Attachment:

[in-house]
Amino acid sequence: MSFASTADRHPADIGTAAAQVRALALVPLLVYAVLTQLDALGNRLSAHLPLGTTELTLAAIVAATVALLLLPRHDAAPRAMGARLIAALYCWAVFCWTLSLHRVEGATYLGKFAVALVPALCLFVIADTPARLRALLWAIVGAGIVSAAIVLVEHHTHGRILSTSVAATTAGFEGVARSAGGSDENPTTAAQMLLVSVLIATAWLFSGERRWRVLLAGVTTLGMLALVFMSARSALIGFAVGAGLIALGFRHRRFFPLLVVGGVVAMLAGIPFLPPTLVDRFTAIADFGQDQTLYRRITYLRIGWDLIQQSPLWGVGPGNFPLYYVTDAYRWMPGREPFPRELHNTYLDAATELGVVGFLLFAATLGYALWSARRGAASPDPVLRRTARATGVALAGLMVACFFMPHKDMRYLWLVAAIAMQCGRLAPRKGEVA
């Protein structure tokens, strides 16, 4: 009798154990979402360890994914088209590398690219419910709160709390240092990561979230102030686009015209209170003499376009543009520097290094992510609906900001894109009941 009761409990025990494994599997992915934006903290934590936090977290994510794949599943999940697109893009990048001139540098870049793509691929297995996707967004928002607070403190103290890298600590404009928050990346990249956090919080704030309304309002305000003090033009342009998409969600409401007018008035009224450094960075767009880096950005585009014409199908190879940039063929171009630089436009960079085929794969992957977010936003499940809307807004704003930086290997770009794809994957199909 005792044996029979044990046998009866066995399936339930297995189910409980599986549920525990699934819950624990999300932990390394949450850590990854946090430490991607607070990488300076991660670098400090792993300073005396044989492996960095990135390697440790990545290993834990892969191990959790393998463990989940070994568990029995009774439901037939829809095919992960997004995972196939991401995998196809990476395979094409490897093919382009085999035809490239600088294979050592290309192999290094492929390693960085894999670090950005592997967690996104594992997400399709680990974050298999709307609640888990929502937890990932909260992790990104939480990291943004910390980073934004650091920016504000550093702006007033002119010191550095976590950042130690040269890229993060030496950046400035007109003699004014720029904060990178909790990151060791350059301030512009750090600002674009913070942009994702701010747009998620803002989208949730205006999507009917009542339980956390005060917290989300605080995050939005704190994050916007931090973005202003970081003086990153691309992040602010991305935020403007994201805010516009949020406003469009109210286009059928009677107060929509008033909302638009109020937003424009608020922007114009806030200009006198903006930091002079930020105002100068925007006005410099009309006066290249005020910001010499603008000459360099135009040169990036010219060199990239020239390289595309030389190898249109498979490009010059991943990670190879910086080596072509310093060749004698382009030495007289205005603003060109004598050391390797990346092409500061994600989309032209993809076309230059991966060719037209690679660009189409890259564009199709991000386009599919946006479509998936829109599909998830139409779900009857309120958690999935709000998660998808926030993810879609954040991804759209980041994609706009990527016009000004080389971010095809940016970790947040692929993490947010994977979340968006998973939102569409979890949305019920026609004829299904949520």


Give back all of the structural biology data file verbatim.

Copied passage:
[in-house]
Amino acid sequence: MSFASTADRHPADIGTAAAQVRALALVPLLVYAVLTQLDALGNRLSAHLPLGTTELTLAAIVAATVALLLLPRHDAAPRAMGARLIAALYCWAVFCWTLSLHRVEGATYLGKFAVALVPALCLFVIADTPARLRALLWAIVGAGIVSAAIVLVEHHTHGRILSTSVAATTAGFEGVARSAGGSDENPTTAAQMLLVSVLIATAWLFSGERRWRVLLAGVTTLGMLALVFMSARSALIGFAVGAGLIALGFRHRRFFPLLVVGGVVAMLAGIPFLPPTLVDRFTAIADFGQDQTLYRRITYLRIGWDLIQQSPLWGVGPGNFPLYYVTDAYRWMPGREPFPRELHNTYLDAATELGVVGFLLFAATLGYALWSARRGAASPDPVLRRTARATGVALAGLMVACFFMPHKDMRYLWLVAAIAMQCGRLAPRKGEVA
């Protein structure tokens, strides 16, 4: 009798154990979402360890994914088209590398690219419910709160709390240092990561979230102030686009015209209170003499376009543009520097290094992510609906900001894109009941 009761409990025990494994599997992915934006903290934590936090977290994510794949599943999940697109893009990048001139540098870049793509691929297995996707967004928002607070403190103290890298600590404009928050990346990249956090919080704030309304309002305000003090033009342009998409969600409401007018008035009224450094960075767009880096950005585009014409199908190879940039063929171009630089436009960079085929794969992957977010936003499940809307807004704003930086290997770009794809994957199909 005792044996029979044990046998009866066995399936339930297995189910409980599986549920525990699934819950624990999300932990390394949450850590990854946090430490991607607070990488300076991660670098400090792993300073005396044989492996960095990135390697440790990545290993834990892969191990959790393998463990989940070994568990029995009774439901037939829809095919992960997004995972196939991401995998196809990476395979094409490897093919382009085999035809490239600088294979050592290309192999290094492929390693960085894999670090950005592997967690996104594992997400399709680990974050298999709307609640888990929502937890990932909260992790990104939480990291943004910390980073934004650091920016504000550093702006007033002119010191550095976590950042130690040269890229993060030496950046400035007109003699004014720029904060990178909790990151060791350059301030512009750090600002674009913070942009994702701010747009998620803002989208949730205006999507009917009542339980956390005060917290989300605080995050939005704190994050916007931090973005202003970081003086990153691309992040602010991305935020403007994201805010516009949020406003469009109210286009059928009677107060929509008033909302638009109020937003424009608020922007114009806030200009006198903006930091002079930020105002100068925007006005410099009309006066290249005020910001010499603008000459360099135009040169990036010219060199990239020239390289595309030389190898249109498979490009010059991943990670190879910086080596072509310093060749004698382009030495007289205005603003060109004598050391390797990346092409500061994600989309032209993809076309230059991966060719037209690679660009189409890259564009199709991000386009599919946006479509998936829109599909998830139409779900009857309120958690999935709000998660998808926030993810879609954040991804759209980041994609706009990527016009000004080389971010095809940016970790947040692929993490947010994977979340968006998973939102569409979890949305019920026609004829299904949520």